Adient, Diesels and Artificial Intelligence

Did you ever wonder about how interior designers go about developing seats for vehicles?

Did you ever wonder about how interior designers go about developing seats for vehicles? How they think. What methodologies they use. What the parameters are.

We did. So we asked Tom Gould, Director of Design, Research & Craftsmanship, Adient, to explain it to us on this edition of “Autoline After Hours.”

Adient

Adient’s AI17, a concept seating solution for Level 3 and Level 4 autonomous vehicles

Adient, if you’re not familiar with it, is the former Johnson Controls Automotive Experience seating business which became a company onto itself this past fall. The company produces seats and components for some 25,000,000 million annually, seats that find their way into vehicles in 33 countries, and so Gould and his colleagues have an extensive breadth of knowledge of seats that are now—and seats that could be at some point.

So we learn about different approaches to designs and materials for existing vehicles as well as learn about things that may be deployed at some point in the not-too-distant future, when vehicles become more automated and so interiors become all the more important.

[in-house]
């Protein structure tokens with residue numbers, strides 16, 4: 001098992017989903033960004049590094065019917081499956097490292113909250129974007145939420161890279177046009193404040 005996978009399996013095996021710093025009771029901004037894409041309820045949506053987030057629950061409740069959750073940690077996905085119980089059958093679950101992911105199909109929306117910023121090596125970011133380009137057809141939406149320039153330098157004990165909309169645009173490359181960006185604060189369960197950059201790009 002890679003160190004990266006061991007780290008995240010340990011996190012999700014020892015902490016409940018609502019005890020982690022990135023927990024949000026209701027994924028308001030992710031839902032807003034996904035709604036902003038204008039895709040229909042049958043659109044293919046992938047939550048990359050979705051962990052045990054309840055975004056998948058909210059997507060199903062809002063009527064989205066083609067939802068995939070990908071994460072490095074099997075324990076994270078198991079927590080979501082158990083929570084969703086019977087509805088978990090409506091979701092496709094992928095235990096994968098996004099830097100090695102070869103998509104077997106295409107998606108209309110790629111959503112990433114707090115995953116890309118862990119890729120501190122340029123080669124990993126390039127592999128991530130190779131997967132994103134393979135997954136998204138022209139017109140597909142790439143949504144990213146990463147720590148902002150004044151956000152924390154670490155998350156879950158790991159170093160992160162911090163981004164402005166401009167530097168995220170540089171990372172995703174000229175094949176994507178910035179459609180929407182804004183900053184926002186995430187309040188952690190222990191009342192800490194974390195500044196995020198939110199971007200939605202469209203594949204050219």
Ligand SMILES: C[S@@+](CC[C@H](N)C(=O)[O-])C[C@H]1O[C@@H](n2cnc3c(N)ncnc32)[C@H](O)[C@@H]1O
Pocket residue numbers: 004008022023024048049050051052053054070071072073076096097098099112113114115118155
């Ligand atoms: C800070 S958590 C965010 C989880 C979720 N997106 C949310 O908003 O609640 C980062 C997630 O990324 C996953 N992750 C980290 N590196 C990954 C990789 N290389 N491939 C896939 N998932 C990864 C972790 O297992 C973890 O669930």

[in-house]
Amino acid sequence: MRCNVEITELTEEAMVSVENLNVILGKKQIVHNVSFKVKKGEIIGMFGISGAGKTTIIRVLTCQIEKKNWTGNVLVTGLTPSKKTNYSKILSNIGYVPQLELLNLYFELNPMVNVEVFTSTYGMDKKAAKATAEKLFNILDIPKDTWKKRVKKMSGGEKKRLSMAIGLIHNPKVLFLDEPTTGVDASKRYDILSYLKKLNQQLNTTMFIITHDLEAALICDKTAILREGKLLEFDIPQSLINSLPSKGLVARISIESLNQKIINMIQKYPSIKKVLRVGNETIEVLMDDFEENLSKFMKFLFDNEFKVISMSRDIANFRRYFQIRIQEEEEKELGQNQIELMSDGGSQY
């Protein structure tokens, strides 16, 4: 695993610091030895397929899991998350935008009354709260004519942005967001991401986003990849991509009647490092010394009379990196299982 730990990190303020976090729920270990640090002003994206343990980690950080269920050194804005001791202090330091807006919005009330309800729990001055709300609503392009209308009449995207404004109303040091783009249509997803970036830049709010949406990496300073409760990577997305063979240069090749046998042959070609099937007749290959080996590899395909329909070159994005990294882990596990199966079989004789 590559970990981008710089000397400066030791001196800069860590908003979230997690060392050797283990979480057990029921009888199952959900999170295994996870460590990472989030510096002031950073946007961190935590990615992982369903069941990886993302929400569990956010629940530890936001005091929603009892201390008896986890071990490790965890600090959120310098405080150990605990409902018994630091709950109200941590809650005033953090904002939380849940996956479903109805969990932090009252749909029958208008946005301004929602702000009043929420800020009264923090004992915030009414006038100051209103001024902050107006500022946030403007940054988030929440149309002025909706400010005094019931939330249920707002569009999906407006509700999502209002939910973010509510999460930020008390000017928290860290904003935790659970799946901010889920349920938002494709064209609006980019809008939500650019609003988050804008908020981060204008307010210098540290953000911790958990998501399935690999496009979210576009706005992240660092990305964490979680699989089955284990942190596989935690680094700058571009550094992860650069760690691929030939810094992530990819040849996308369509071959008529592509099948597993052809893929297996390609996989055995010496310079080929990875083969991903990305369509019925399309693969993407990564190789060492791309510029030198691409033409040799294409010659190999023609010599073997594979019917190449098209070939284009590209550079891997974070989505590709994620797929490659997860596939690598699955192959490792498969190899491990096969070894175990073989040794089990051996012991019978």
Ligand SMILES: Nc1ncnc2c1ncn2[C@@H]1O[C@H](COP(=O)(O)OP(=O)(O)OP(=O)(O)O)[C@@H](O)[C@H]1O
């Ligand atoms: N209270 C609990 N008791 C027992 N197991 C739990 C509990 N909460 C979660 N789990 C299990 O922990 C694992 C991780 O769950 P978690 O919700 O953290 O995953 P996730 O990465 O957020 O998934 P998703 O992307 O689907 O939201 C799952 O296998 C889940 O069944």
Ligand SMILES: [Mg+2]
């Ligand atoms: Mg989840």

Gould talks with Autoline’s John McElroy, Todd Lassa of Automobile magazine and me about the trends and developments in seating.

The EPA has certified all-new 2017 Cruze Diesel Sedan with the six-speed manual transmission to achieve 52 mpg highway mileage – the highest highway fuel economy of any non-hybrid in America.

Chevy Cruze Diesel

Then the three of us discuss a variety of subjects including the 137-hp, 240 lb-ft of torque, 1.6-liter turbo-diesel that Chevy is offering in the Cruze. (This Ecotec will also find its way into the next Equinox.) Do diesels have a future in passenger cars in the U.S.? And that segues into a discussion of hybrid vehicles.

Another subject is the probable acquisition of Opel by PSA Group, which would result in the second-largest auto company, based on sales, in Europe. PSA presently has about 10.5% of the market and Opel 6.3%. VW is at 22.4%. (Interestingly, Carlos Tavares, PSA Group CEO, had previously been a senior executive at Renault—a company that will go into third place in the western European market should the acquisition go through.)

And we talk about Ford’s $5-billion investment in Argo AI, a company that will be tasked with developing the “virtual driver system” for Ford’s forthcoming Level 4 autonomous vehicle, which is still anticipated for launch in mobility services in 2021.

You can see it all here: